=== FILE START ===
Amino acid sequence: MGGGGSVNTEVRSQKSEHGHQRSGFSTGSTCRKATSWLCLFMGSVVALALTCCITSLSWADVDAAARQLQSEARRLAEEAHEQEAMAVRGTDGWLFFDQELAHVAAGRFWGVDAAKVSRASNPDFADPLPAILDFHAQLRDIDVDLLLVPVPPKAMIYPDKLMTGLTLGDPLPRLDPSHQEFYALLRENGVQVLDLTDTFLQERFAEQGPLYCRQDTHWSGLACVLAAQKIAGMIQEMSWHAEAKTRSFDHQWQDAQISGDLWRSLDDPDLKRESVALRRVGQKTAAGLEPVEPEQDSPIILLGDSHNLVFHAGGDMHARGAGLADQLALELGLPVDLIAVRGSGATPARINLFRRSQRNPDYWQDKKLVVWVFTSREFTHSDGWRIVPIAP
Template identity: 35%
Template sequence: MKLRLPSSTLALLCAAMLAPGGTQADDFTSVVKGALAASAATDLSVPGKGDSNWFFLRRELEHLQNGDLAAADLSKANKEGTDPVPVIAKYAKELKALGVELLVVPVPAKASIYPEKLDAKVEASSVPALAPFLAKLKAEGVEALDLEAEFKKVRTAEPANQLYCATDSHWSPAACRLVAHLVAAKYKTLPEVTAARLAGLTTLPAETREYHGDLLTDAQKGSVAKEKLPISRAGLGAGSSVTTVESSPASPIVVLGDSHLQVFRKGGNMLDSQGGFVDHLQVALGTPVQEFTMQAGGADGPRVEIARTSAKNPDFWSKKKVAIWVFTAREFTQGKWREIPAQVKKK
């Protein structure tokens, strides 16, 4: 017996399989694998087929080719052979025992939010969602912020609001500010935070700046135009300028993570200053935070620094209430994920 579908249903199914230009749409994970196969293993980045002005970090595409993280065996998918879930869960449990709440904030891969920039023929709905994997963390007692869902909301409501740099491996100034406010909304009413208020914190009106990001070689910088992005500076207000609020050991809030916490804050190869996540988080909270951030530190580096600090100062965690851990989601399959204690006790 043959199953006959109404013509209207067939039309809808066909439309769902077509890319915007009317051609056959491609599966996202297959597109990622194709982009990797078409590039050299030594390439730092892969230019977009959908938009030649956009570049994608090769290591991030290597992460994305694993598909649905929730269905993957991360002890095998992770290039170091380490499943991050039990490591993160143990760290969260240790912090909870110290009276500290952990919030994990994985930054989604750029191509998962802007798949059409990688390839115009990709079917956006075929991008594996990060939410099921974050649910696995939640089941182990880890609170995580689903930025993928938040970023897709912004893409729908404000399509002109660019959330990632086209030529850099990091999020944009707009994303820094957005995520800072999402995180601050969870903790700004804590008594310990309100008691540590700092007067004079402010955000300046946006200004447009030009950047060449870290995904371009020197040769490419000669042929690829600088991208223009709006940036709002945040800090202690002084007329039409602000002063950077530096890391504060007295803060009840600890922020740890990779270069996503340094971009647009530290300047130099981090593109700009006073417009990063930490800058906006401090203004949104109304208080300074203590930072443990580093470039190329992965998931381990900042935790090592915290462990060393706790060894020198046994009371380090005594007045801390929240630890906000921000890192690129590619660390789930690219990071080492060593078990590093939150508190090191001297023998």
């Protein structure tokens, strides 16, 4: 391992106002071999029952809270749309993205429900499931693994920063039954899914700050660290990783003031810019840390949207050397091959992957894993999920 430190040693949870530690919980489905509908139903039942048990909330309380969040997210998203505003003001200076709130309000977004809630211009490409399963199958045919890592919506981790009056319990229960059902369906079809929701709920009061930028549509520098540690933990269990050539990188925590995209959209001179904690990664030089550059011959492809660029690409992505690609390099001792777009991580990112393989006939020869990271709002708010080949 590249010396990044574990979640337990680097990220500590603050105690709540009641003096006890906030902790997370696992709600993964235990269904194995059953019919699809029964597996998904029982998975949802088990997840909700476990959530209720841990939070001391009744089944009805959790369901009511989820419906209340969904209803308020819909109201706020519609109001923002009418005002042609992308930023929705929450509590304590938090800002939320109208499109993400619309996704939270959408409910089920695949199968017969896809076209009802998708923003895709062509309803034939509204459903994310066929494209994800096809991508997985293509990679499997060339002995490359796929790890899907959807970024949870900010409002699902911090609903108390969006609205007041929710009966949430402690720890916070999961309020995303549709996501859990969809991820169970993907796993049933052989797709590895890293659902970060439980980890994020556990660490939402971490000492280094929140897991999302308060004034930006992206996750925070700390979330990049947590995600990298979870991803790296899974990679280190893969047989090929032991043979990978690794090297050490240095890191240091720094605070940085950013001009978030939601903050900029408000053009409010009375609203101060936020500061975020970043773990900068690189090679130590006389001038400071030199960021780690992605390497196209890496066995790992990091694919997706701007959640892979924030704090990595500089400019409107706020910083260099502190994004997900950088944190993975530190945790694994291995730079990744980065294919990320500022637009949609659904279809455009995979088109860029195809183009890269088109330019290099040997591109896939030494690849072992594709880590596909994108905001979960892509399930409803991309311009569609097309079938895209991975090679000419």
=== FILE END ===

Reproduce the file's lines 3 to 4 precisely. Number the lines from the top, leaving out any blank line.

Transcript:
Template sequence: MKLRLPSSTLALLCAAMLAPGGTQADDFTSVVKGALAASAATDLSVPGKGDSNWFFLRRELEHLQNGDLAAADLSKANKEGTDPVPVIAKYAKELKALGVELLVVPVPAKASIYPEKLDAKVEASSVPALAPFLAKLKAEGVEALDLEAEFKKVRTAEPANQLYCATDSHWSPAACRLVAHLVAAKYKTLPEVTAARLAGLTTLPAETREYHGDLLTDAQKGSVAKEKLPISRAGLGAGSSVTTVESSPASPIVVLGDSHLQVFRKGGNMLDSQGGFVDHLQVALGTPVQEFTMQAGGADGPRVEIARTSAKNPDFWSKKKVAIWVFTAREFTQGKWREIPAQVKKK
């Protein structure tokens, strides 16, 4: 017996399989694998087929080719052979025992939010969602912020609001500010935070700046135009300028993570200053935070620094209430994920 579908249903199914230009749409994970196969293993980045002005970090595409993280065996998918879930869960449990709440904030891969920039023929709905994997963390007692869902909301409501740099491996100034406010909304009413208020914190009106990001070689910088992005500076207000609020050991809030916490804050190869996540988080909270951030530190580096600090100062965690851990989601399959204690006790 043959199953006959109404013509209207067939039309809808066909439309769902077509890319915007009317051609056959491609599966996202297959597109990622194709982009990797078409590039050299030594390439730092892969230019977009959908938009030649956009570049994608090769290591991030290597992460994305694993598909649905929730269905993957991360002890095998992770290039170091380490499943991050039990490591993160143990760290969260240790912090909870110290009276500290952990919030994990994985930054989604750029191509998962802007798949059409990688390839115009990709079917956006075929991008594996990060939410099921974050649910696995939640089941182990880890609170995580689903930025993928938040970023897709912004893409729908404000399509002109660019959330990632086209030529850099990091999020944009707009994303820094957005995520800072999402995180601050969870903790700004804590008594310990309100008691540590700092007067004079402010955000300046946006200004447009030009950047060449870290995904371009020197040769490419000669042929690829600088991208223009709006940036709002945040800090202690002084007329039409602000002063950077530096890391504060007295803060009840600890922020740890990779270069996503340094971009647009530290300047130099981090593109700009006073417009990063930490800058906006401090203004949104109304208080300074203590930072443990580093470039190329992965998931381990900042935790090592915290462990060393706790060894020198046994009371380090005594007045801390929240630890906000921000890192690129590619660390789930690219990071080492060593078990590093939150508190090191001297023998």